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Job emails promising $300 usually too good to be true

October 19, 2016

Attending college can be very costly with today’s tuition rates, so many students take on part time jobs in or around campus to make supplementary income. Some students may take on an on-campus position offered through federal work study, while other students may prefer to work for the multiple businesses in and around the River Falls area. However, most of these positions pay far less than the one offered in an email sent out to me last month.

A self-proclaimed contracting company called Dumore Construction and Remodeling sent me an email with the title “Make $300 Weekly.” Claiming to provide flexible employment for only four to six hours a week, I knew something was fishy about this email due to fact that almost everyone who was sent this email was named Christopher. However, this wasn’t the only email that promised employment.

Another email claiming to be from the Office of Student Employment (which doesn’t exist at UW-River Falls) was offering a position “for one Mr. Wang Jianzhou,” claiming that I could work from home for a generous amount of pay. Like the other email, it was obviously too good to be true, but knowing that people can fall gullible towards these types of scams, I decided to see how often people can fall for these scams.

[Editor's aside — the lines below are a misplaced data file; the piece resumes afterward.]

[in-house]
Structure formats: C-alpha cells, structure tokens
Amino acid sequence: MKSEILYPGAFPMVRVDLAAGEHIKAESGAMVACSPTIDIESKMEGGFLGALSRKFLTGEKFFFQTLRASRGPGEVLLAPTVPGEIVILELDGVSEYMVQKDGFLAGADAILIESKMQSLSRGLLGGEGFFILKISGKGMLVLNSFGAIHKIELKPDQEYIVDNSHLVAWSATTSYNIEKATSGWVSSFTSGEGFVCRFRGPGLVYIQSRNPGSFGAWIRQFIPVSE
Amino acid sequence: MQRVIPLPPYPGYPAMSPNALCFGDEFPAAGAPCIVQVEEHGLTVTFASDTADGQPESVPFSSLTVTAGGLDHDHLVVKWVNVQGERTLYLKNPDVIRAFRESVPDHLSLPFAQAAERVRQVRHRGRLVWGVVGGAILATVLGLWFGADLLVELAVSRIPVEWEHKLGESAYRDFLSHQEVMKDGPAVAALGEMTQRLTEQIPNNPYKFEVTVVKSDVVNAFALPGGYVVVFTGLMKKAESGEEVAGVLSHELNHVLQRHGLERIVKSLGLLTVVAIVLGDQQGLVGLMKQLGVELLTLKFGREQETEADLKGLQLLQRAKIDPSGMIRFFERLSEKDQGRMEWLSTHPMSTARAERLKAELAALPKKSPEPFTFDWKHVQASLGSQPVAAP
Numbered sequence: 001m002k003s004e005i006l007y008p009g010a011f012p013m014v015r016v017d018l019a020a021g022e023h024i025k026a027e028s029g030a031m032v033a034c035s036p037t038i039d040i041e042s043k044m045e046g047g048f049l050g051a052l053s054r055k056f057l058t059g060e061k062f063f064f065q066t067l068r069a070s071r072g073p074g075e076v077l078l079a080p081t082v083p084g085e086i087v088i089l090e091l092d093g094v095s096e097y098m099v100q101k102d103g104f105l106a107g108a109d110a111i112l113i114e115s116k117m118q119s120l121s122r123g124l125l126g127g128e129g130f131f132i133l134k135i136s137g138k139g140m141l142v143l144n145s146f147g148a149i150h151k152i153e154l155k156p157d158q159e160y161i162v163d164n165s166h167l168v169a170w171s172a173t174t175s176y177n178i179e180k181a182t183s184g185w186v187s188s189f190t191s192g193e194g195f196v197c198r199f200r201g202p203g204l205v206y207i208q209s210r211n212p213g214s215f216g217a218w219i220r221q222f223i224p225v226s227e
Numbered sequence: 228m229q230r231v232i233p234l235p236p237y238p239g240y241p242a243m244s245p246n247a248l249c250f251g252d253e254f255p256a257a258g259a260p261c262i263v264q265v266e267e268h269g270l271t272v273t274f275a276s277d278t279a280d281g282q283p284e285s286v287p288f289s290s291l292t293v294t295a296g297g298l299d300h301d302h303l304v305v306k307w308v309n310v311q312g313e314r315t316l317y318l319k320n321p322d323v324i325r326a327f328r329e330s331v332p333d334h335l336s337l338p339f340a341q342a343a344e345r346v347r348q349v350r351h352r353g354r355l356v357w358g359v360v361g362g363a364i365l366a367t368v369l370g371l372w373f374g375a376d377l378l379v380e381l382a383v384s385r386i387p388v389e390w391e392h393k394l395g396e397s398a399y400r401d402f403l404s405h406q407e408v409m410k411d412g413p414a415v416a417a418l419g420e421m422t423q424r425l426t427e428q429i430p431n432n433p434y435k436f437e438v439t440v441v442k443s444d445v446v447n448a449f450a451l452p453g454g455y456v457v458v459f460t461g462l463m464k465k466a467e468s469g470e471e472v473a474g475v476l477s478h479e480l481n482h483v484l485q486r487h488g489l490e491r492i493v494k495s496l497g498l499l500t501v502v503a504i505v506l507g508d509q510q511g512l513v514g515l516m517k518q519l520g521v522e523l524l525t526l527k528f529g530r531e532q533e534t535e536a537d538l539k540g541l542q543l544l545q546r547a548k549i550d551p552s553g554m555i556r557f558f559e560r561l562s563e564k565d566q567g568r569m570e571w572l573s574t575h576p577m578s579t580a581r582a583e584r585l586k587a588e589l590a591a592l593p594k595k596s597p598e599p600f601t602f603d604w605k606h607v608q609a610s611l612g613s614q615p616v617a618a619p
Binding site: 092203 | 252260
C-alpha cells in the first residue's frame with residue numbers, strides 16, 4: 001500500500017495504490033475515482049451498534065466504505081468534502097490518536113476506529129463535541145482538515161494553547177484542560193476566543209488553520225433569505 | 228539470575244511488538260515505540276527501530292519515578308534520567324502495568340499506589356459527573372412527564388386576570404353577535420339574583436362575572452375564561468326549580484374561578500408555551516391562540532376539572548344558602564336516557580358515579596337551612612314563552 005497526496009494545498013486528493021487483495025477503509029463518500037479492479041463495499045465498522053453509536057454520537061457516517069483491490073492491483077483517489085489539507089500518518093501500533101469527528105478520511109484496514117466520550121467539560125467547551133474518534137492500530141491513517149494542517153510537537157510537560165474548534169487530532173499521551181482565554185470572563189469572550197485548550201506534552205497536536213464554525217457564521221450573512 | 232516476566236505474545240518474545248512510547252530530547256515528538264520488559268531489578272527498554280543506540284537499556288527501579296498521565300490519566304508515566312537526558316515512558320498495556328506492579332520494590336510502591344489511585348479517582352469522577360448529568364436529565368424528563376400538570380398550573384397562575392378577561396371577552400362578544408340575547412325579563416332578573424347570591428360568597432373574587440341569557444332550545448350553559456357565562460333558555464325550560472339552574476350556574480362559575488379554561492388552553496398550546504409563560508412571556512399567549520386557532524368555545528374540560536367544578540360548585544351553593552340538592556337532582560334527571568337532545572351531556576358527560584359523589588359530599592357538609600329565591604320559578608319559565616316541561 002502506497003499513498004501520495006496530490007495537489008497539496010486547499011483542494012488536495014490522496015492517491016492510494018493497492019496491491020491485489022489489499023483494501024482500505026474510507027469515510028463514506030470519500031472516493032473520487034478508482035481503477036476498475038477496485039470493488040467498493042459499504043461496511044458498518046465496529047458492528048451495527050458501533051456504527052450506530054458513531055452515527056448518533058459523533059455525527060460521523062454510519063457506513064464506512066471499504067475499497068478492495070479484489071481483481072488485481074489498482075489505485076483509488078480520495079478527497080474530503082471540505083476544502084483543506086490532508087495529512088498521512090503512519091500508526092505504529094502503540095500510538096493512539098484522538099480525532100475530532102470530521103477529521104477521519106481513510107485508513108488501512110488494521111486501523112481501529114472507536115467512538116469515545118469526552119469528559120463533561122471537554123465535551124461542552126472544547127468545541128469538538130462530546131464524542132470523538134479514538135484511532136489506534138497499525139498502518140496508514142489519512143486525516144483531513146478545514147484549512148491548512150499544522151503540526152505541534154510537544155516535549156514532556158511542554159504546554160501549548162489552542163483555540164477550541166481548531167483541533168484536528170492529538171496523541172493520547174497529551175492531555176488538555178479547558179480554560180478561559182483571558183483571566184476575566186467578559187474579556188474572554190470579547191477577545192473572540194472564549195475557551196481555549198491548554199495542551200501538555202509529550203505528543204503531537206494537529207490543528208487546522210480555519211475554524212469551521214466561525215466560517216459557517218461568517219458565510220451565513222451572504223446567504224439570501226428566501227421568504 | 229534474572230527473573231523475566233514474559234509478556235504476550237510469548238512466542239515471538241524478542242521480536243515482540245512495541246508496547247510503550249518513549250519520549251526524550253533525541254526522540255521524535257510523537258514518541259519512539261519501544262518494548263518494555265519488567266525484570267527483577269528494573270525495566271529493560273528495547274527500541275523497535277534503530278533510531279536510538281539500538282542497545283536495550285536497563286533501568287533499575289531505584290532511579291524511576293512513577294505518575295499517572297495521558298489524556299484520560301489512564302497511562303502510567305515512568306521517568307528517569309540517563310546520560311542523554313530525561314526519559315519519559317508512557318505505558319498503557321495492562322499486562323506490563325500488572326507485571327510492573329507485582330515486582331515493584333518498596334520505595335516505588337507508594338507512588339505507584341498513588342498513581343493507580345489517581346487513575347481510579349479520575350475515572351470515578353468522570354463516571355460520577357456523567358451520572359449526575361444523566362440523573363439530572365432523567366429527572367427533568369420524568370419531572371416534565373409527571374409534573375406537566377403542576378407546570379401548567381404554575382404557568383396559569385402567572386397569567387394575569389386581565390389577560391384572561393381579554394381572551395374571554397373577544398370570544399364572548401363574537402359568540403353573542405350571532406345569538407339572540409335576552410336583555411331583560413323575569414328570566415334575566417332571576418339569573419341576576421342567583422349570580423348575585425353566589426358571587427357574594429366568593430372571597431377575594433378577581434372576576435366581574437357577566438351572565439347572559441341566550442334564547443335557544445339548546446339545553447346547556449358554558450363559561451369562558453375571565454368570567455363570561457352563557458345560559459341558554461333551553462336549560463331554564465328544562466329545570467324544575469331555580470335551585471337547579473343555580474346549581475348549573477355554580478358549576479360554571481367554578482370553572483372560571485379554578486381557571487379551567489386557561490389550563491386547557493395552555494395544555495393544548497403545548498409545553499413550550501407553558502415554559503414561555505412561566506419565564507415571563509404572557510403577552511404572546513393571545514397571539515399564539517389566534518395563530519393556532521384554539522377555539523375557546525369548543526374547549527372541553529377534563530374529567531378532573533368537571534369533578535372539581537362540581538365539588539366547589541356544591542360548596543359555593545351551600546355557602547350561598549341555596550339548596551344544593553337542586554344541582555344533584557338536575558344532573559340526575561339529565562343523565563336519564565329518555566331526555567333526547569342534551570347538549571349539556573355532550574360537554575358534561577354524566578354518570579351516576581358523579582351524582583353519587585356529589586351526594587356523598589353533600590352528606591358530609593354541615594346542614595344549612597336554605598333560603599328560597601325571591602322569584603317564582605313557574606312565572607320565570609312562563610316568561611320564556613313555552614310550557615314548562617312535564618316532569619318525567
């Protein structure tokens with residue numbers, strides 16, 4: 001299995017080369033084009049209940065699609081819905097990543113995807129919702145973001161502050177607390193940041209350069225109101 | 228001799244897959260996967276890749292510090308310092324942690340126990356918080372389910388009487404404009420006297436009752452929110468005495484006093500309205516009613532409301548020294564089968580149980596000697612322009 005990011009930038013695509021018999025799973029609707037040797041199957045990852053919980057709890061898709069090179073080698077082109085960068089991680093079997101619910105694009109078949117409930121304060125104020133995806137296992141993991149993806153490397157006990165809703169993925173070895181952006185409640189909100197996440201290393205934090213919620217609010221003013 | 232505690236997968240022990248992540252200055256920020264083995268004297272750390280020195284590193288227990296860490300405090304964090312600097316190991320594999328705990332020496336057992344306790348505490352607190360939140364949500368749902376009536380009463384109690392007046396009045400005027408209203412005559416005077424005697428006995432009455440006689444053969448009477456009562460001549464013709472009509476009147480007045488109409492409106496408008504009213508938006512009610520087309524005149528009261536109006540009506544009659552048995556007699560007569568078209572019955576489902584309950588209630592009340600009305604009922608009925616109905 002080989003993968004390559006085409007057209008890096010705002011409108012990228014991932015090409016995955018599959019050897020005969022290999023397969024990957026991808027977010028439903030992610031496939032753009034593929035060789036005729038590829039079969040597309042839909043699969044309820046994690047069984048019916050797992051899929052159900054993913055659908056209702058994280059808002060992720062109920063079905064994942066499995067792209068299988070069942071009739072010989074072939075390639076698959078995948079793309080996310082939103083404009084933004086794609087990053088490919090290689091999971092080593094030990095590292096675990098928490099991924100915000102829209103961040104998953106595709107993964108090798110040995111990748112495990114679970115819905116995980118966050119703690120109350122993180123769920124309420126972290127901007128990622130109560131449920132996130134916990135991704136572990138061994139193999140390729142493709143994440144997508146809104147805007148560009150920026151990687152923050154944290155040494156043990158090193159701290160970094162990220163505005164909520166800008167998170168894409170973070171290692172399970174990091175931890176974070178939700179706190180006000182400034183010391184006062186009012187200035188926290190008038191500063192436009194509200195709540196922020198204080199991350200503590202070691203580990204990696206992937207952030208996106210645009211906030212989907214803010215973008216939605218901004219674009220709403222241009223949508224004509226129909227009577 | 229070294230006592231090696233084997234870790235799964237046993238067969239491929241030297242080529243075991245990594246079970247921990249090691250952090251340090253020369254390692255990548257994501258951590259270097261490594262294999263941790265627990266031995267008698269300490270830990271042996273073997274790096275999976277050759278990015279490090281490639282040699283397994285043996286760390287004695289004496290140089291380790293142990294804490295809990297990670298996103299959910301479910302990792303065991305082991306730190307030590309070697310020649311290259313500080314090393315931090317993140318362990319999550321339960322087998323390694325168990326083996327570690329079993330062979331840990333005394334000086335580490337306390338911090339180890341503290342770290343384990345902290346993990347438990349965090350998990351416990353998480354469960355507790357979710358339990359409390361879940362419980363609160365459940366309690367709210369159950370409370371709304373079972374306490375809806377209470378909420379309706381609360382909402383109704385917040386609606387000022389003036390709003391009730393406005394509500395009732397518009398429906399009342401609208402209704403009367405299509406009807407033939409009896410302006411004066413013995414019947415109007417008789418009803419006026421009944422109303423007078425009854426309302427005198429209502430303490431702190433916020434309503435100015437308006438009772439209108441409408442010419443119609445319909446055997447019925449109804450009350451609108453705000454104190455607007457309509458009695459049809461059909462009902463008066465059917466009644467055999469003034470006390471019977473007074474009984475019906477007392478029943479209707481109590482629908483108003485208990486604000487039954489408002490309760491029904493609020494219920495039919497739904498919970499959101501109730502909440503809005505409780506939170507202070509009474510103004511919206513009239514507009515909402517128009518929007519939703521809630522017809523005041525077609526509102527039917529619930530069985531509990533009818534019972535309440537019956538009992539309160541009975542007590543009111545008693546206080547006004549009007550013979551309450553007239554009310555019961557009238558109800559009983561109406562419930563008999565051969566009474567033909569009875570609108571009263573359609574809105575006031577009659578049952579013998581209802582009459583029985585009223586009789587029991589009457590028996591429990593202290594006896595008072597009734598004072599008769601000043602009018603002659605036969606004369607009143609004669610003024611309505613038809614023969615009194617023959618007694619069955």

It turns out that these emails are just a very small fraction of the emails that were sent through to university emails, according to Division of Technology Services (DoTS) Chief Information Officer Jason Winget.

“These are really crimes of opportunity,” Winget said, “so when the opportunity changes, we will see an increase overtime, or suddenly we’ll have none.”

During the start of the fall semester, criminals tend to take advantage of the influx of new students who are looking for jobs, leading to an increase in bogus emails promoting jobs. Many of these job posting may hint at some legitimacy, such as a well-known company or a well-known figure (e.g. Microsoft and Bill Gates).

In addition to jobs, criminals also may send emails specific to other trends during the school year, such as debt owed towards taxes or student loan debt, or information said to be required for enrollment. All of these emails have one common goal: to steal your money and your information.

Specifically regarding emails about employment, Career Counselor Amy Knutson of Career Services has seen multiple instances of students finding these false job claims.

“If it sounds too good to be true,’’ she said, “it probably is.”

Often these job postings will offer a high paying position for a low amount of hours and will often ask for personal information, such as a social security number, bank account routing number or driver’s license information. Many might ask to pay a fee in order to gain the desired position or to be offered the chance to have access to a position. The consequences of falling for these scams not only include losing money, but can also lead to identity theft and bad credit.